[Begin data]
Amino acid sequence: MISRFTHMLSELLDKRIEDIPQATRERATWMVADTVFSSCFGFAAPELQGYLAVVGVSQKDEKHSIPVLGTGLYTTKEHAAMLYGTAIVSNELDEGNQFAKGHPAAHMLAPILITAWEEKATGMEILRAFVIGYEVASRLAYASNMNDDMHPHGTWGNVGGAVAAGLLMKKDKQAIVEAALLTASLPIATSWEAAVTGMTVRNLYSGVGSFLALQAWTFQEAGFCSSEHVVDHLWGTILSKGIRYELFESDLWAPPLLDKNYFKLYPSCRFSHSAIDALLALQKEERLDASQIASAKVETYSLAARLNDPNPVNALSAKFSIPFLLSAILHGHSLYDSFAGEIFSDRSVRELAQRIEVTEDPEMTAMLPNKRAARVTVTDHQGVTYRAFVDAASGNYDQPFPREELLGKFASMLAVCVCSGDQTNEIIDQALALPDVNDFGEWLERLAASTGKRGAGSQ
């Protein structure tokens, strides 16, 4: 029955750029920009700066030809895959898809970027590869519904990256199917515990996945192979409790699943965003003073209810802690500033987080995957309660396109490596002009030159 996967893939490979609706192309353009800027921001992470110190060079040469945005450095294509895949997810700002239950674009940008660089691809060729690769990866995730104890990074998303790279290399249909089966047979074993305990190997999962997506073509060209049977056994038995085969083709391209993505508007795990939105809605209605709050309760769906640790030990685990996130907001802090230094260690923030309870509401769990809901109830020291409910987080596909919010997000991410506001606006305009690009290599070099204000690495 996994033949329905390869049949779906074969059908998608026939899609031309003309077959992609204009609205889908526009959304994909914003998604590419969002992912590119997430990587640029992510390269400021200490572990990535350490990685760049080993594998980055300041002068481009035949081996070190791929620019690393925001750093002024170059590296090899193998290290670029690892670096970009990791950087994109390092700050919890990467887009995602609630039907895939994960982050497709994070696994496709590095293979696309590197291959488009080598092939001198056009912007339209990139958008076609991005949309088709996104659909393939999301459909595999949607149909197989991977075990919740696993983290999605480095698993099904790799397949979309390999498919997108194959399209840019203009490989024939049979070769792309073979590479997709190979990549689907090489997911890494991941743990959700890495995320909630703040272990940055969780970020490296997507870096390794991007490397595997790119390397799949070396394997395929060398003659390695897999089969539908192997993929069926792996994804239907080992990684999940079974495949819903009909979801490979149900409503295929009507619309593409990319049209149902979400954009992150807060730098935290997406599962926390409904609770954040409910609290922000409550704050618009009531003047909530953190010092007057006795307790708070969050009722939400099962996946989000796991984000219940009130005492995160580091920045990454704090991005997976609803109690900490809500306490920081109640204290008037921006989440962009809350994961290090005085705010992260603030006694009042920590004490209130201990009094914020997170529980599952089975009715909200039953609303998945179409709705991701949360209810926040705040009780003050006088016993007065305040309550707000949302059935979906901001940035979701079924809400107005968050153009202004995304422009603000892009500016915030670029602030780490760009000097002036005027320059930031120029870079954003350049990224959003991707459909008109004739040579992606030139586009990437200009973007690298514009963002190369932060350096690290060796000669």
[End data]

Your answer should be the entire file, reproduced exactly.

Amino acid sequence: MISRFTHMLSELLDKRIEDIPQATRERATWMVADTVFSSCFGFAAPELQGYLAVVGVSQKDEKHSIPVLGTGLYTTKEHAAMLYGTAIVSNELDEGNQFAKGHPAAHMLAPILITAWEEKATGMEILRAFVIGYEVASRLAYASNMNDDMHPHGTWGNVGGAVAAGLLMKKDKQAIVEAALLTASLPIATSWEAAVTGMTVRNLYSGVGSFLALQAWTFQEAGFCSSEHVVDHLWGTILSKGIRYELFESDLWAPPLLDKNYFKLYPSCRFSHSAIDALLALQKEERLDASQIASAKVETYSLAARLNDPNPVNALSAKFSIPFLLSAILHGHSLYDSFAGEIFSDRSVRELAQRIEVTEDPEMTAMLPNKRAARVTVTDHQGVTYRAFVDAASGNYDQPFPREELLGKFASMLAVCVCSGDQTNEIIDQALALPDVNDFGEWLERLAASTGKRGAGSQ
């Protein structure tokens, strides 16, 4: 029955750029920009700066030809895959898809970027590869519904990256199917515990996945192979409790699943965003003073209810802690500033987080995957309660396109490596002009030159 996967893939490979609706192309353009800027921001992470110190060079040469945005450095294509895949997810700002239950674009940008660089691809060729690769990866995730104890990074998303790279290399249909089966047979074993305990190997999962997506073509060209049977056994038995085969083709391209993505508007795990939105809605209605709050309760769906640790030990685990996130907001802090230094260690923030309870509401769990809901109830020291409910987080596909919010997000991410506001606006305009690009290599070099204000690495 996994033949329905390869049949779906074969059908998608026939899609031309003309077959992609204009609205889908526009959304994909914003998604590419969002992912590119997430990587640029992510390269400021200490572990990535350490990685760049080993594998980055300041002068481009035949081996070190791929620019690393925001750093002024170059590296090899193998290290670029690892670096970009990791950087994109390092700050919890990467887009995602609630039907895939994960982050497709994070696994496709590095293979696309590197291959488009080598092939001198056009912007339209990139958008076609991005949309088709996104659909393939999301459909595999949607149909197989991977075990919740696993983290999605480095698993099904790799397949979309390999498919997108194959399209840019203009490989024939049979070769792309073979590479997709190979990549689907090489997911890494991941743990959700890495995320909630703040272990940055969780970020490296997507870096390794991007490397595997790119390397799949070396394997395929060398003659390695897999089969539908192997993929069926792996994804239907080992990684999940079974495949819903009909979801490979149900409503295929009507619309593409990319049209149902979400954009992150807060730098935290997406599962926390409904609770954040409910609290922000409550704050618009009531003047909530953190010092007057006795307790708070969050009722939400099962996946989000796991984000219940009130005492995160580091920045990454704090991005997976609803109690900490809500306490920081109640204290008037921006989440962009809350994961290090005085705010992260603030006694009042920590004490209130201990009094914020997170529980599952089975009715909200039953609303998945179409709705991701949360209810926040705040009780003050006088016993007065305040309550707000949302059935979906901001940035979701079924809400107005968050153009202004995304422009603000892009500016915030670029602030780490760009000097002036005027320059930031120029870079954003350049990224959003991707459909008109004739040579992606030139586009990437200009973007690298514009963002190369932060350096690290060796000669």